4. Know what wild animals you might encounter and what to do. There are many ecologically diverse areas in the US with their own unique animals. Knowing what to look for to steer clear of wildlife is your best bet, along with knowing what to do to make the experience safe for everyone.
  5. Set up emergency contacts and let them know when you’re expecting to be back. Give them as much info as possible so that if something happens, they know what to do and how best to help you. Use your common sense here, if you’re going for a day hike on a well-marked trail, you should still let someone know where you are, but you likely don’t need to give them the kind of rundown you would if you were hiking five days into the backcountry for a climbing trip and were expecting bad weather.
  6. When you’re getting started, use well-marked and popular trails and areas. As you gain more skills and confidence, you can challenge yourself safely but at the start, take it easy.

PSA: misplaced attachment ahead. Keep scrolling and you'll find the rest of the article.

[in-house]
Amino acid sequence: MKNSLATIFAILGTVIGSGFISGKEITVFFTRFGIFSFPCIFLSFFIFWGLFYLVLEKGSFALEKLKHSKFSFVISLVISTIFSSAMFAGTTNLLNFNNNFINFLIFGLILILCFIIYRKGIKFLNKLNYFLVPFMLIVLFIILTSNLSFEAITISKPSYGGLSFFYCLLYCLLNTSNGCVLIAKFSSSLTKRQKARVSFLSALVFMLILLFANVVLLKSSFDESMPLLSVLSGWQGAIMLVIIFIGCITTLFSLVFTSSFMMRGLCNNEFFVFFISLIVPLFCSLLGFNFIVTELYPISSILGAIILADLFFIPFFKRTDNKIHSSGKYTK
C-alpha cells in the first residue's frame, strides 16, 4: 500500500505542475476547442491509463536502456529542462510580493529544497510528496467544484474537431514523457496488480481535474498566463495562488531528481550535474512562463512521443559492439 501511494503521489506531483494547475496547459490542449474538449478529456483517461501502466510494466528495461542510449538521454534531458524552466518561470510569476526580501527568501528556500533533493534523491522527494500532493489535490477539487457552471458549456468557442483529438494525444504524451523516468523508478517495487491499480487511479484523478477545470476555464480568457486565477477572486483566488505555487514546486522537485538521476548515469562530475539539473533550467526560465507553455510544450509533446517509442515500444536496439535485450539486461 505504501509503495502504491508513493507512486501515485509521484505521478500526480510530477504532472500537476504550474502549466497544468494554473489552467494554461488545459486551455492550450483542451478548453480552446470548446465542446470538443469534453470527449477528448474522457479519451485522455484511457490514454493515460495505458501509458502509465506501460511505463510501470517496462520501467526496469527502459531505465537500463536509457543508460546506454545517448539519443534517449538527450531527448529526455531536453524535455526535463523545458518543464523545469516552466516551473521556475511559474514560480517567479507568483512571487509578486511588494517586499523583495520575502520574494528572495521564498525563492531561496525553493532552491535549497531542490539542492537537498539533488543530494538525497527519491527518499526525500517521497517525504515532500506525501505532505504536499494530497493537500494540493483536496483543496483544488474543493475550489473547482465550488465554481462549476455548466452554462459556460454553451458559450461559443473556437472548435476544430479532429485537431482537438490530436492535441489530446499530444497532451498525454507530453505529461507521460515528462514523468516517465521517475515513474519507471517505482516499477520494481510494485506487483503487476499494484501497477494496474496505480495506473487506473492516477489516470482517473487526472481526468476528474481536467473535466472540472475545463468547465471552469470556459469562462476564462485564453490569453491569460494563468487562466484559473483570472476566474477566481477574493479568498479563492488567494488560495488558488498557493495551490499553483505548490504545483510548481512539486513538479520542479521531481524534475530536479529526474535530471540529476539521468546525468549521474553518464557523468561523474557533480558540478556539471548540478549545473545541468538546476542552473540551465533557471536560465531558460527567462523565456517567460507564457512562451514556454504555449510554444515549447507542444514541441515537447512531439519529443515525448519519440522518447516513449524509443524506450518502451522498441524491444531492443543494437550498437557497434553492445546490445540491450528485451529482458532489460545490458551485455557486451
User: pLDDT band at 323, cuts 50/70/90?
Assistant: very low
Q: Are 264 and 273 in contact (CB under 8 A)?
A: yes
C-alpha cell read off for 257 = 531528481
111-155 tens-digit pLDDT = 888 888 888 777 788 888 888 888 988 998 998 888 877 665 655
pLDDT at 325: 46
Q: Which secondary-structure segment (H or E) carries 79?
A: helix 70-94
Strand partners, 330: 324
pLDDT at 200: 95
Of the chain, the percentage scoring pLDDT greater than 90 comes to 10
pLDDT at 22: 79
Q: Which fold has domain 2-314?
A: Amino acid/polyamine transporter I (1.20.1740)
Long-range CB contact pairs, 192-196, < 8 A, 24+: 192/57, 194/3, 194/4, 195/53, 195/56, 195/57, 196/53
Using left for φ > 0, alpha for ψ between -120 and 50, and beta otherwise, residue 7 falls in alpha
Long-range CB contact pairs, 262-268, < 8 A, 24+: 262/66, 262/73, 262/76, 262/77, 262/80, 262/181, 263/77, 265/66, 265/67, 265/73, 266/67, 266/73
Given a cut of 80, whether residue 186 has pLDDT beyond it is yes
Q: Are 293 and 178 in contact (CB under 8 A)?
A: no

Make A Gear Area

A great way to stay organized and take stock of what you have for outdoor gear is to designate a room or space in your home for your gear. Get set up with hooks and shelves for your equipment to keep it in good shape—your wallet will thank you! Keep in mind that some of your gear shouldn’t be stored at extreme temperatures like backpacks and tents, so if you don’t have heated outdoor storage, some of your equipment might have to find a home inside. Here are a few places that work well for gear:

  • Garage
  • Attic
  • Outdoor storage
  • Special closet/ storage room
  • An area of your home gym


It’s adventure time! Have you made your checklist, gathered all the necessary gear, and researched your destination? Now it’s time to pack up and hit the road for your amazing new life exploring the natural world and all the breathtaking sights it holds—have fun!